Regulatory Takings: Law, Economics, and Politics

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Harvard University Press, 1995 - Law - 415 pages
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Are rent controls and zoning regulations unconstitutional? Should the Supreme Court strike down the Endangered Species Act when its administration interferes with the use of private property? These questions are currently debated under the doctrine of regulatory takings, and William Fischel's book offers a new perspective on the issue.

Regulatory Takings argues that the issue is not so much about the details of property law as it is about the fairness of politics. The book employs jurisprudential theories, economic analysis, historical investigation, and political science to show why local land use regulations, such as zoning and rent control, deserve a higher degree of judicial scrutiny than national regulations.Unlike other books on this topic, Regulatory Takings goes beyond case law to buttress its arguments. Its reality checks range from reviews of statistical evidence to local inquiries about famous takings cases such as Pennsylvania Coal v. Mahon and Lucas v. South Carolina Coastal Commission. The gap between legal theory and on-the-ground practice is one reason that Fischel investigates alternative means of protecting property rights.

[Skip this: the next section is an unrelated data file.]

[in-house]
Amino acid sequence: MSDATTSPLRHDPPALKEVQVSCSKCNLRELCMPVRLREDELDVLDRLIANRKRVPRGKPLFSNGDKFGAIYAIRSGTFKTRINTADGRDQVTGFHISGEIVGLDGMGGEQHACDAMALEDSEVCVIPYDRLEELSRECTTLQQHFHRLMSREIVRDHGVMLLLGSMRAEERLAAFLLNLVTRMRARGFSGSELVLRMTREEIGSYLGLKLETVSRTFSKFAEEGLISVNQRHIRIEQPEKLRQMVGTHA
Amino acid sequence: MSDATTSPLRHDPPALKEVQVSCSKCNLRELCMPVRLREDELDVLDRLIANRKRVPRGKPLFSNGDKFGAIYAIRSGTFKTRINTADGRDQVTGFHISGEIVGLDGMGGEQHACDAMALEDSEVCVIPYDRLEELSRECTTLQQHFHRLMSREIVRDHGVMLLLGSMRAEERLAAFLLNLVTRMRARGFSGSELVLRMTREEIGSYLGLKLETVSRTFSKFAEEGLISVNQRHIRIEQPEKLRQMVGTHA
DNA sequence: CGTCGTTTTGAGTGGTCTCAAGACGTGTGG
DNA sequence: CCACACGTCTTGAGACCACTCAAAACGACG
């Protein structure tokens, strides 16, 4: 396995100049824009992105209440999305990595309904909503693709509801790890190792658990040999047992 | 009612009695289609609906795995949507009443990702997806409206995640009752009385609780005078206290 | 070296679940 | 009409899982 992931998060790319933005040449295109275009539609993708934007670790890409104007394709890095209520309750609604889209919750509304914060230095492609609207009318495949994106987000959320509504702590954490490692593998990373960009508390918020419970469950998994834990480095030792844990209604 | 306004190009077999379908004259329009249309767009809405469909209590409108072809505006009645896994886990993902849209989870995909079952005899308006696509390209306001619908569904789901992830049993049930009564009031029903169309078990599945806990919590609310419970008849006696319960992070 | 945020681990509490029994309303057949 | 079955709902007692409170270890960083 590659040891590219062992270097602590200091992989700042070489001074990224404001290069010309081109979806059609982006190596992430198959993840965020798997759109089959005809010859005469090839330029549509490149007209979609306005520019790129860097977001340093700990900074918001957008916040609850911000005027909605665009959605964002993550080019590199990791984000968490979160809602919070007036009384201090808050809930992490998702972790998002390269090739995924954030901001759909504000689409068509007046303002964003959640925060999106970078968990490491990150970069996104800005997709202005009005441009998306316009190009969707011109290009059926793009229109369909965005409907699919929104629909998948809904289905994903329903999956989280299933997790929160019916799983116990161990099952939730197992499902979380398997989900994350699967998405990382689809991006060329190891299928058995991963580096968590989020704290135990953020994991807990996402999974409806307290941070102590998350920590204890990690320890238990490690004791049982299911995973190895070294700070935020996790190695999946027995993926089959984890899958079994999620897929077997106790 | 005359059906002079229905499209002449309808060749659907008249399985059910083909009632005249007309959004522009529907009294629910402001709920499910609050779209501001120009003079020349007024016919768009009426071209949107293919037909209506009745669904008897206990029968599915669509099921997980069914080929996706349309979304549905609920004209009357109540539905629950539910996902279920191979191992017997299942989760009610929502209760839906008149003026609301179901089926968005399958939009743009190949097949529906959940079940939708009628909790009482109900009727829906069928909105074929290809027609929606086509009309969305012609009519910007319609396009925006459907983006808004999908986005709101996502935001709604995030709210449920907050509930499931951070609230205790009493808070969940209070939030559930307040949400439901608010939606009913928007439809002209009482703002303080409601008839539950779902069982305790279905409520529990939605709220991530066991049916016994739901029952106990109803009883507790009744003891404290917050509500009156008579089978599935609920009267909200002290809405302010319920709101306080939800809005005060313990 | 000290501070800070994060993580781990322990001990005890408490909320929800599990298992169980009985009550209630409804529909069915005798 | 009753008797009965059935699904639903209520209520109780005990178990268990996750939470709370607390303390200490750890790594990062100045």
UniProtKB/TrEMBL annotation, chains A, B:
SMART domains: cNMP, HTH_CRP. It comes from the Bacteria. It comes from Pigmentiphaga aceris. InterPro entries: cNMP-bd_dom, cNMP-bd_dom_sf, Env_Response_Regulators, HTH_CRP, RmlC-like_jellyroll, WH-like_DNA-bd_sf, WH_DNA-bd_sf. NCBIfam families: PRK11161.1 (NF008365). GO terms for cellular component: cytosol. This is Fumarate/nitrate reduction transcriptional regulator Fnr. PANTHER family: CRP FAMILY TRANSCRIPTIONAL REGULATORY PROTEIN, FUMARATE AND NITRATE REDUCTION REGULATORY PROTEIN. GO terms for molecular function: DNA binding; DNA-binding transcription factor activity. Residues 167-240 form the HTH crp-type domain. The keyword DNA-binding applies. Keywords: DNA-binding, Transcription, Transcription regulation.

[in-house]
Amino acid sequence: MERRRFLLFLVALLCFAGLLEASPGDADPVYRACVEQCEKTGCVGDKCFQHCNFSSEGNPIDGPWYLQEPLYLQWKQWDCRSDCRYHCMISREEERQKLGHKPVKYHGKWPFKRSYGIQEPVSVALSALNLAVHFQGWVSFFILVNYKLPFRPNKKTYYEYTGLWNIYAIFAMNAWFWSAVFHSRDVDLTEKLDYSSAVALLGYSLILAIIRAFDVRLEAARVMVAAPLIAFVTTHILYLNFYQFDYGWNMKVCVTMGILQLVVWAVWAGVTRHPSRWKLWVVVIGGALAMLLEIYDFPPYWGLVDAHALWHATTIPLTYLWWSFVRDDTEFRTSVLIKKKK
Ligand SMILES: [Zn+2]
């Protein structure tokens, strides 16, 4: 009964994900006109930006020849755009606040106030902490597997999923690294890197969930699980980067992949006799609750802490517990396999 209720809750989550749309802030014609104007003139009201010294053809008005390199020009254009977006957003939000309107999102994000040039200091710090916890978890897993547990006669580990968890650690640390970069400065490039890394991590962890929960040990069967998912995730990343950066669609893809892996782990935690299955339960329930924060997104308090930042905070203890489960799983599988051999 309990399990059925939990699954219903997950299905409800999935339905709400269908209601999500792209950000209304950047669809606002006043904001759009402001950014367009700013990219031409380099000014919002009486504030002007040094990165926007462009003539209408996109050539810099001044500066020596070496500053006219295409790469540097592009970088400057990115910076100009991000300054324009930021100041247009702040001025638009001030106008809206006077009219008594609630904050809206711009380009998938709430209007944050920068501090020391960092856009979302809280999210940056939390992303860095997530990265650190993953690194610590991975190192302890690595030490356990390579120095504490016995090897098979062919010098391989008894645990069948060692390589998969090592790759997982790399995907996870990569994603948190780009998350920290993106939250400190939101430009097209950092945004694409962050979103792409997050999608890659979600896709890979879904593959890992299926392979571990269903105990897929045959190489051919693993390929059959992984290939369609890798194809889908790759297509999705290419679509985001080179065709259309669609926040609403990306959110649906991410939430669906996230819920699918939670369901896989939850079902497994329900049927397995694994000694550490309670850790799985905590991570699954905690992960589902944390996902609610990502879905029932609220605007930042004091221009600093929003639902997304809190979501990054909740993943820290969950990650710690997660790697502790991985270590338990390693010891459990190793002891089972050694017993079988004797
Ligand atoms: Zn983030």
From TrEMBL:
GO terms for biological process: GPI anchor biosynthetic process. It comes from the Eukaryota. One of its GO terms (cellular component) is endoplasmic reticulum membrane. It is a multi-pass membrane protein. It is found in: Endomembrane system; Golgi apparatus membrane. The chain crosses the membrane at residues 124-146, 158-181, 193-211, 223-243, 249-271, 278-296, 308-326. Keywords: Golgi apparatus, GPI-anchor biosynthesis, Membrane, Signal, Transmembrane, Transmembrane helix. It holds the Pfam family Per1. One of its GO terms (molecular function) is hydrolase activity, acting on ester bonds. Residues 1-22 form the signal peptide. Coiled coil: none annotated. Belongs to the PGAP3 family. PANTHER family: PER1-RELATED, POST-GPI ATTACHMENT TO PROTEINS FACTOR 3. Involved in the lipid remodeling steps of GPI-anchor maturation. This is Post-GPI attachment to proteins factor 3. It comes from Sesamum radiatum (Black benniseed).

Local governments are often deterred from unfairly regulating portable assets by their owners' threat of "exit" from the jurisdiction. State and federal government regulations are disciplined by property-owner coalitions whose "voice" is clearly audible in the statehouses and in Congress.

Constitutional courts need to preserve their resources for use in areas in which politics is loaded against the property owner. Regulatory Takings advances an economic standard to decide when a local regulation crosses the border from legitimate police power to a taking that requires just compensation for owners who are adversely affected.

  

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Contents

Regulatory Takings in the U
13
Eminent Domains Democratic Origins
64
Constitutional Law Process Theory and Democratic
100
The EconomicUtilitarian Theories of Michelman
141
Rational Expectations and Contractarian Conventions
183
Evidence from
218
Zoning Capitalization and the Efficiency
253
How Exit and Voice Discipline Governmental Excess
289
Remedies for Unfair Land Use Restrictions
325
Case References
371
Index
407
Copyright

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About the author (1995)

William Fischel is Professor of Economics, Dartmouth College.

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